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    1. That's my goal too Natalie - my kids certainly don't want any of it, and it's such a burden going through the belongings of a loved one, so why not make it as easy as possible for them?

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  11. As you know, these last few years for me have been about decluttering and reducing. One of my favorite clothes tricks is that when the season is over, as I go through my clothes I pick out those things that I didn't wear in the past year and donate them.

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    1. I think that's the way I'll be dealing with my wardrobe from here on too Jennifer - I've been holding on to work clothes and trying to figure out where I can wear them. It's time to just let them go and get them out of my closet and onto someone who might actually wear them.

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  12. We're still trying to declutter after merging two households together 6 yrs ago. Slow process but worth it

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    1. I can't even begin to imagine what a process that would be Christina - but I'm glad you're getting through it with positivity and your relationship still intact!

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  13. I am, at heart, a minimalist too, Leanne, and more and more so as I get older. My one downfall, however, is sentimental value. If one of my children or grands have given it to me, or it's something that was important to my mother and was left in my home after she passed... those things I have trouble parting with. That said, I am learning to repurpose things that I know will have no significant value to my children and grandchildren. I also remind them regularly that I am fine with them donating all my stuff when I go, to not get trapped by the sentimentalism that I struggle with. Great thoughts here, thank you!

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    1. Hi Agnes - I've held onto things too (including a big pile of photo albums). I'm working on the idea that if they bring me pleasure then it's okay, but if I'm just storing them for the kids then it's a waste of space because neither of our adult kids want any of their childhood memorabilia or any of our stuff. So if it's gathering dust it's out the door these days.

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  14. Hi Leanne, my husband has always been a minimalist even before it was 'fashionable'. Having lived with him for 25 years and moved several times, I have learned the art and I enjoy the simplicity. My MIL on the other hand kept everything she had ever owned, every space was filled in her home and after 90 years of collecting/hoarding it certainly was a challenge to find 'homes' for everything when she moved to aged care. I've learned from that experience and apart from feeling claustrophobic with so much 'stuff' around, I don't want my children to have the job of clearing out all of my possessions after I've gone. I think we would enjoy each other's homes - no clutter! Another week of #MLSTL and our BBB co-hosting gig, I'm sharing on SM. xx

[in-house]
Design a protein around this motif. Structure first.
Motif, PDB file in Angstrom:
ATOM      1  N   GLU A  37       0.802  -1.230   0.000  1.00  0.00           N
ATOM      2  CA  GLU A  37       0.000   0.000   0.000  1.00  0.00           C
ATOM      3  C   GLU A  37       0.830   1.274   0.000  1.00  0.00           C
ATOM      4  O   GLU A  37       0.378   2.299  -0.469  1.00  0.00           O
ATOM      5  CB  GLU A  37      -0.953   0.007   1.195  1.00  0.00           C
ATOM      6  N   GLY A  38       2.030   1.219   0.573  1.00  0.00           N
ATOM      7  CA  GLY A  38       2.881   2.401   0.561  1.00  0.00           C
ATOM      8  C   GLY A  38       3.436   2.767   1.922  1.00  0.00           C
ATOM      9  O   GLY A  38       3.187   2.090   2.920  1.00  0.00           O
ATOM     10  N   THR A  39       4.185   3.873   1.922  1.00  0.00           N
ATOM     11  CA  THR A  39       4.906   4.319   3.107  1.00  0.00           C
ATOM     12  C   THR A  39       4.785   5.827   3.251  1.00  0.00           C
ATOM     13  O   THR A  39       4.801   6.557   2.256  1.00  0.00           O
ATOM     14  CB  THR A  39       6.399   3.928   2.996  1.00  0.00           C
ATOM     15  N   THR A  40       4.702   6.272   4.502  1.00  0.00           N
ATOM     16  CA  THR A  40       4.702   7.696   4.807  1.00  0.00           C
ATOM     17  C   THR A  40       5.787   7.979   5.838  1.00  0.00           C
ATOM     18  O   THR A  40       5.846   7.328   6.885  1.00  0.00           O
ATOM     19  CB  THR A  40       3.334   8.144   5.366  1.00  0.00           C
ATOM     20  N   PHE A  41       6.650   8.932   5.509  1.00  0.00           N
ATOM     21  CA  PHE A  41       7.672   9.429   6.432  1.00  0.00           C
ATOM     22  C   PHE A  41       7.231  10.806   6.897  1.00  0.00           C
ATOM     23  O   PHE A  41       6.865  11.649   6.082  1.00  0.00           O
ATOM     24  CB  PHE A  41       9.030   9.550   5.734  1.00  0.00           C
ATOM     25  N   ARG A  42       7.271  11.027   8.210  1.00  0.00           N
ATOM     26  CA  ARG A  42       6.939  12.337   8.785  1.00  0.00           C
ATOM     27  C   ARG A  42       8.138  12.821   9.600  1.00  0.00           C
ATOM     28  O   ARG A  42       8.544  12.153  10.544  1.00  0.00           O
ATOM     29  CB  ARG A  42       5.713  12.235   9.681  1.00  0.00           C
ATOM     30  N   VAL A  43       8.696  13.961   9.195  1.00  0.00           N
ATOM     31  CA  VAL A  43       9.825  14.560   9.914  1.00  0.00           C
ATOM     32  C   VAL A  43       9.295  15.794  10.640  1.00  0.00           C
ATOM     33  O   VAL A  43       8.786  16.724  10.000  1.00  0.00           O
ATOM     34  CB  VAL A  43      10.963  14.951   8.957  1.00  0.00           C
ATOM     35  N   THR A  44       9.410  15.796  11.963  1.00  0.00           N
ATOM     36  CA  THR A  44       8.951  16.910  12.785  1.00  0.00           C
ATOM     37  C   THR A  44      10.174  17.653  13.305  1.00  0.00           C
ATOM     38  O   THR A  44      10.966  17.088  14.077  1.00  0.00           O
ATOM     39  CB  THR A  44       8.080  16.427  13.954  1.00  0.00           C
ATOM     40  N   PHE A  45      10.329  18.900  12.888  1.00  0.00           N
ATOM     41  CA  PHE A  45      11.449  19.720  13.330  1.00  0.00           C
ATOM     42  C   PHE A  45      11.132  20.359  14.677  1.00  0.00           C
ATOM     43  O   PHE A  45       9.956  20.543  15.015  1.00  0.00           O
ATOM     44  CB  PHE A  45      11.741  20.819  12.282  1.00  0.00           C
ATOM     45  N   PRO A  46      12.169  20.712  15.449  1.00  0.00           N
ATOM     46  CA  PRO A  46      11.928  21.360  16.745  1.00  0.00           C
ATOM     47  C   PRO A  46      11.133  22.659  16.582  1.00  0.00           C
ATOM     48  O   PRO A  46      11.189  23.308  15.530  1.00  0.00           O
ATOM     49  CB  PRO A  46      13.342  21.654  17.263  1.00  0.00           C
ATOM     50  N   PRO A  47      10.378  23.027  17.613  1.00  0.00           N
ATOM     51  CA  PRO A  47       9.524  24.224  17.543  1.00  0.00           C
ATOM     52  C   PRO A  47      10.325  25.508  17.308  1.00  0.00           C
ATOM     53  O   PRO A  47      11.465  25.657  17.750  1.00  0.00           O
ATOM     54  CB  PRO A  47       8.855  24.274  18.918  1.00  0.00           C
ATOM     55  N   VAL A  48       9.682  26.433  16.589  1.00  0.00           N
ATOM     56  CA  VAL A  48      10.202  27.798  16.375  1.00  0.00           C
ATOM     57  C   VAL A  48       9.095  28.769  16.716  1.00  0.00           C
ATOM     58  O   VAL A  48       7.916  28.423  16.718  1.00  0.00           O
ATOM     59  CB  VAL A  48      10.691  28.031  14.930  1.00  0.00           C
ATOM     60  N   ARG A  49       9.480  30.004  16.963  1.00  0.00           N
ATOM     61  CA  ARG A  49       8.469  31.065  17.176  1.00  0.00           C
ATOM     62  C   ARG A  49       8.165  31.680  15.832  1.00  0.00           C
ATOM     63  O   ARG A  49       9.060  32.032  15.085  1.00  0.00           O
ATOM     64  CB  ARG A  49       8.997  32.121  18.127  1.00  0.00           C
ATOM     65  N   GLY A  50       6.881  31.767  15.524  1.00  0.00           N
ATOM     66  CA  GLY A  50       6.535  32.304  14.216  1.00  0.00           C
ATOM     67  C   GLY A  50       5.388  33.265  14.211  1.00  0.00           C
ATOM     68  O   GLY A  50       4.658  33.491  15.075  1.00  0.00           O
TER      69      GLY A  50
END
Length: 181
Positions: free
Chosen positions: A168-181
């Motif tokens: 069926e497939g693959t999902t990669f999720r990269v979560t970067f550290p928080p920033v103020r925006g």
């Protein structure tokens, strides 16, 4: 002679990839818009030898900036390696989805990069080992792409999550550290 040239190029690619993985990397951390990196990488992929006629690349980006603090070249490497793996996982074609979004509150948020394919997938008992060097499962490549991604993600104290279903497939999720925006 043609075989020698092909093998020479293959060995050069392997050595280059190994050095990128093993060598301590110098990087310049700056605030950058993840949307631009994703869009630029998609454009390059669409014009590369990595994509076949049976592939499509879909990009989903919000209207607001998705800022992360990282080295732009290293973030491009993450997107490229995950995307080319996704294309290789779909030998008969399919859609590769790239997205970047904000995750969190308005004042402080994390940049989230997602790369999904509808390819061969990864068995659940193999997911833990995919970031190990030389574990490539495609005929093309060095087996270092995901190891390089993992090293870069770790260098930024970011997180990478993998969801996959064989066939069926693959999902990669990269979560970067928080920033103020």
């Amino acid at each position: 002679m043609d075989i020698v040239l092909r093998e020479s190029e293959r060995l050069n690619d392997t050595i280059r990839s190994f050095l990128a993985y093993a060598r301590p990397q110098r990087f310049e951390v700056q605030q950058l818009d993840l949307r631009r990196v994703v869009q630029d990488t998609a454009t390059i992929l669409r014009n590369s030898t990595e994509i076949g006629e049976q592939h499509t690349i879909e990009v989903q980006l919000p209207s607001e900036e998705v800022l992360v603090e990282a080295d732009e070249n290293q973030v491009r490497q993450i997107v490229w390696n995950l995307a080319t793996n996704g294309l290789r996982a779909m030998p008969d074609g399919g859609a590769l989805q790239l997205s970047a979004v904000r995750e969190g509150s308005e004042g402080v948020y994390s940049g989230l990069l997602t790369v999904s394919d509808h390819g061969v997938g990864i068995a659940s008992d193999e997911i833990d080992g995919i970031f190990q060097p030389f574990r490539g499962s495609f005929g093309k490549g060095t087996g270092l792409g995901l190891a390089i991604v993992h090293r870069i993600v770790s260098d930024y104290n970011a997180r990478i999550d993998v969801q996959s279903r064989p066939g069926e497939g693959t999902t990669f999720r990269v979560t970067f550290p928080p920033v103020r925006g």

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    1. Hi Sue - yes I think we'd both feel "at home" if we visited each other. My MIL has been downsized into a much smaller place and it's packed to the rafters with so much clutter that it does my head in. I have a need for space and clarity and order, so too much "stuff" starts to wear me down. It certainly saves money too because I'm happy to browse the shops and leave it all behind instead of buying it to bring home!

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  15. Yes I love the idea of minimalism and I don't like clutter. In saying that though, it always seems to accumulate and requires a cull now and then. When we moved from our last house to this house that was the biggest cull I've ever done involving a garage sale, a skip bin, and giving lots of things away to charity. I recently cleaned out my linen cupboard and gave loads of stuff to charity along with some clothes. My wardrobes need a good clean out next and then there is that hallway cupboard that is so full of stuff that something falls out everytime I open it. Oh and the bathroom cupboards need a clean out too. I always feel better after a good declutter. It declutters my mind also in the process! :-)

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    1. Moving house is the best de-cluttering tool of all Min (unless you're my in-laws who packed every single thing they owned and took it with them - I've never seen so many packing boxes in my life!!) Now that we're settled and not planning on another move I just keep checking if things are creeping up and donate them if they're in the back of a cupboard or not being used/worn. It helps keep things under control.